Pumpkin that cracks in the middle
of its own weight. Mine are good,
but not like hers, though I keep trying,
rolling the dough this way and that, dusting
the cloth with flour. “You have to chill the Crisco,”
she says. “You need a light touch
to keep it tender; too much handling
makes a tough crust.”

Gather the scraps, make a ball in your hands,
press into a circle. Spread thickly with butter,
sprinkle with cinnamon sugar, roll up, slice, bake.
The strange marriage of fat, flour, and salt
is annealed to ethereal bites. Heaven is attainable,
and the chimes of the timer bring us to the table.

~ Literary Lunch (Kentucky Writers Group) © 2011 Barbara Crooker. All rights reserved.

via Bella Dolce

Barbara: My favorite recipe comes from Betty Crocker (for whom I am sometimes mistaken — I even got a check from a magazine once, made out to her):

for an 8 or 9 inch double pie crust:

1-3/4 cups flour
1 tsp. salt
1/2 cup oil (I use a heart healthy blend)
3-4 T. ice water

Stir the salt into the flour. Add oil, mix with a fork until the particles are the size of small peas. Sprinkle the ice water in, a tablespoon at a time. Gather into a ball, divide in half.

(This part is my special trick:) Wipe the counter, place a sheet of waxed paper down. Place ball of dough, top with another sheet of waxed paper. Roll into a ball two inches larger than your pie plate. Peel off the top sheet of the waxed paper. Use a small paring knife to help you. Remember that this is like Play-Doh; any tears can be pinched or squished back together, and you can’t hurt the crust!

Invert, and place the pie crust round in the pie pan. Peel off the bottom sheet of waxed paper (which is now on top). Pour in filling. Repeat with second crust. Once it’s in place, crimp the edges together, either with a fork, or pinch it with your fingers. Cut slits on top to vent the steam. Brush the crust with milk (I use a small paint brush), sprinkle with sugar. Most pies bake at 425 for 45 minutes, but this will vary depending on your oven.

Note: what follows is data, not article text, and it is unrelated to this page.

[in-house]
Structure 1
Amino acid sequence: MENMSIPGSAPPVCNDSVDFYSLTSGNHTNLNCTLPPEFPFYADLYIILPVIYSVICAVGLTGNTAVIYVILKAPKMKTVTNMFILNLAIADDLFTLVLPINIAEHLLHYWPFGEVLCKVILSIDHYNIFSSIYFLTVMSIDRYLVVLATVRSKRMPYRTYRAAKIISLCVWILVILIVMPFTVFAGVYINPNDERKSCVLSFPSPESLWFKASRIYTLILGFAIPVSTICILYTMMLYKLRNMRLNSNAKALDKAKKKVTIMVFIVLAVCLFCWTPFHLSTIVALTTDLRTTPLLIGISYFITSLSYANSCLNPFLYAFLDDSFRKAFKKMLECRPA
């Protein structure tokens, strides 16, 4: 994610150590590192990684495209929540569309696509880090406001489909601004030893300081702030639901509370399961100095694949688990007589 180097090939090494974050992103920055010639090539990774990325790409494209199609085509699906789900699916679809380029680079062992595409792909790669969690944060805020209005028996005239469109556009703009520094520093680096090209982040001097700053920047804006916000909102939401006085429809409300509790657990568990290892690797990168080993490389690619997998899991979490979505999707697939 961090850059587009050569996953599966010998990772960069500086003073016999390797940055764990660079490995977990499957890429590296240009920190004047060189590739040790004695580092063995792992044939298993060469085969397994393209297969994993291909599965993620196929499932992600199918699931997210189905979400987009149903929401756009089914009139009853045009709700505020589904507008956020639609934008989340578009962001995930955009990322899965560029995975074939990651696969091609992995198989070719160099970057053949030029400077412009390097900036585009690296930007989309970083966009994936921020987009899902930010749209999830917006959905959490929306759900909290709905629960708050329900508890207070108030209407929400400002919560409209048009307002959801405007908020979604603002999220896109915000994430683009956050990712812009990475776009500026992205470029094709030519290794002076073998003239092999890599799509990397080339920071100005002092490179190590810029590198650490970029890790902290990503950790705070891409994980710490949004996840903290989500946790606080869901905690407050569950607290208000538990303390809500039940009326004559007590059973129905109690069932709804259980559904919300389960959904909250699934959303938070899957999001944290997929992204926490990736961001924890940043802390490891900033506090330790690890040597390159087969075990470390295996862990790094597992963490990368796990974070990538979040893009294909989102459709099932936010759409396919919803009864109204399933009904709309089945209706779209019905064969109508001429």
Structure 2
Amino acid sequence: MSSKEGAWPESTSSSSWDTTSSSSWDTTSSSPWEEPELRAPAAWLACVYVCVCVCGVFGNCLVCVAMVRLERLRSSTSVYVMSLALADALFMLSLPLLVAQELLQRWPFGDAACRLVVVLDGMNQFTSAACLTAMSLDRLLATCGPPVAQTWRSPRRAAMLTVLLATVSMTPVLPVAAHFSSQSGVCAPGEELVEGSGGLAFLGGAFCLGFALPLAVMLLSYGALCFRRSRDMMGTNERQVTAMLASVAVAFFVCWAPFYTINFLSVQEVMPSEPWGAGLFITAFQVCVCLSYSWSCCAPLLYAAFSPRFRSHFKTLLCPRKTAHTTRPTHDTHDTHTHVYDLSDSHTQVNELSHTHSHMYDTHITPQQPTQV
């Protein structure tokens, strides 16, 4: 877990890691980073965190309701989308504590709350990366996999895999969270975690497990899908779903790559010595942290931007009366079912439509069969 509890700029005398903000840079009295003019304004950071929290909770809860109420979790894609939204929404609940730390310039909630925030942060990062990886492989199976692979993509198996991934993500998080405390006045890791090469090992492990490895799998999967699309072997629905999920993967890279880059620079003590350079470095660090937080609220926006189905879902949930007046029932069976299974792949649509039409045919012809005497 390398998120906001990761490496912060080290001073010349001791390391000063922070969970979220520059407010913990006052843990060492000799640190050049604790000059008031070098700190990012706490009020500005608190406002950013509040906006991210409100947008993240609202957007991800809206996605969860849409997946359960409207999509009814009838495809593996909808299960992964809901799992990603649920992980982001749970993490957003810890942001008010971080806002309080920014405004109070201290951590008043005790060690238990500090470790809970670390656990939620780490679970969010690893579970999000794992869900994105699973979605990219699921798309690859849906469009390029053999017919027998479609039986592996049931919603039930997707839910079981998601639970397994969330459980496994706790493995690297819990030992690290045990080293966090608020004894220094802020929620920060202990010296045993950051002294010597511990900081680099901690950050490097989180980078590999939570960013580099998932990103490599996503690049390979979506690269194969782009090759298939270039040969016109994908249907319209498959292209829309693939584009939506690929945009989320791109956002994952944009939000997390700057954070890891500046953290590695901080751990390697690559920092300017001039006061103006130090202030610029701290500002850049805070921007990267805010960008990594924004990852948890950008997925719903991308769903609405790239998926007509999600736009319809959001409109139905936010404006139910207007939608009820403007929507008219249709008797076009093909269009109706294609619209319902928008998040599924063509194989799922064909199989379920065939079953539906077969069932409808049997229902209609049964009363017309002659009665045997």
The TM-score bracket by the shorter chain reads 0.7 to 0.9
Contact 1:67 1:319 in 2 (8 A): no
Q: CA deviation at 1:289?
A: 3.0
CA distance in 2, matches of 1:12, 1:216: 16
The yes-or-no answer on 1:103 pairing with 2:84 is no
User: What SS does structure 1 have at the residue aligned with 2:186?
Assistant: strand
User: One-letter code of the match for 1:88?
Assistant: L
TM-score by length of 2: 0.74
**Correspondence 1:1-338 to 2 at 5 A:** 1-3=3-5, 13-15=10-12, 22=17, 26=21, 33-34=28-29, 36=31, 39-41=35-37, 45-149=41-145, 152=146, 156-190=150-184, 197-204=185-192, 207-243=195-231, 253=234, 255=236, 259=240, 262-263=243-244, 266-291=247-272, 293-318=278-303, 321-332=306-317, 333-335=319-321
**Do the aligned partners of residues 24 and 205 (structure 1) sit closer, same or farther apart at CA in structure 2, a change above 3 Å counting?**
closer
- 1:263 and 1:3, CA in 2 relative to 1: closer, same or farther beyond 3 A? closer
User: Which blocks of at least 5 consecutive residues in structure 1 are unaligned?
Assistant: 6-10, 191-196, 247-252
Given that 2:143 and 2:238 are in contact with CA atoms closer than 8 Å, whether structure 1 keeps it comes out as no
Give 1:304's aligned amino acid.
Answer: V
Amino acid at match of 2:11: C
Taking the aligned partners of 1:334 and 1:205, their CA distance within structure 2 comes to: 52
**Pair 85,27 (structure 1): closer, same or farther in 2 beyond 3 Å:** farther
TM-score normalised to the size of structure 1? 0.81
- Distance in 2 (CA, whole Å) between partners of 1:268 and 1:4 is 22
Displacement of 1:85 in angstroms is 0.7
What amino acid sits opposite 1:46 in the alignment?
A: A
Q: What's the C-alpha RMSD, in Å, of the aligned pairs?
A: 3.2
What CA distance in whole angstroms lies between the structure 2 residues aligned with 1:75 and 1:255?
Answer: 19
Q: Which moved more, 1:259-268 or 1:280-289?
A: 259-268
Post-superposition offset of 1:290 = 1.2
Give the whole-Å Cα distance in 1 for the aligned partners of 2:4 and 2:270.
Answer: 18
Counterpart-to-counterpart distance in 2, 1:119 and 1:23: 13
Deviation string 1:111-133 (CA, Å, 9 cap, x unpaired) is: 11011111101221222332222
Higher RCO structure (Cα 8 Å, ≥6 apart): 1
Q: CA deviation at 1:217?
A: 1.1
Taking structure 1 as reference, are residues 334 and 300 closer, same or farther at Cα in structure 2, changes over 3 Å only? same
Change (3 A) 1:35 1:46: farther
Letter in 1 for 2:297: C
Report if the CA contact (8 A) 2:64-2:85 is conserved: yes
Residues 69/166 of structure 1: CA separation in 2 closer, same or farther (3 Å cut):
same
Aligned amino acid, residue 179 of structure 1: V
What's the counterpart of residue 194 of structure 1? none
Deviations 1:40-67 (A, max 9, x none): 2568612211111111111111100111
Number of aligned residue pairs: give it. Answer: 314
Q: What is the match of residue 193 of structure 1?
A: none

I’m anxious to try Barbara’s (Betty’s ☺) recipe, because I like to avoid hydrogenated fats (Crisco). My experience has taught me that using all butter makes the dough (though flavorful) hard to handle. A Crisco crust is great for flakiness and making lattice tops. I’ve used half-butter and half-Crisco to good results. Barbara agrees that the oil recipe probably wouldn’t work as well if you’re attempting to make a lattice top crust. But certainly for a single crust French Apple Pie, custard, pumpkin, or lemon meringue, the oil crust is fine. BTW, the wax paper trick really works!

Hmmmmmmmmmm — here’s something to inspire you to make a pie this weekend:

via Dan4

♥ Today’s Poetry Friday host is the Shockingly Clever Coffee Maven, Karen Edmisten. Coffee goes well with pie, yes? As does tea and lemonade and milk and water and juice and champagne and raspberry cordial and pencil shavings (just checking to see if you’re paying attention).

♥ To prove how daunting making a good pie crust can be, check out this post by Dorie Greenspan. Seems even she’s been terrified of rolling.

Copyright © 2011 Jama Rattigan of Jama’s Alphabet Soup. All rights reserved.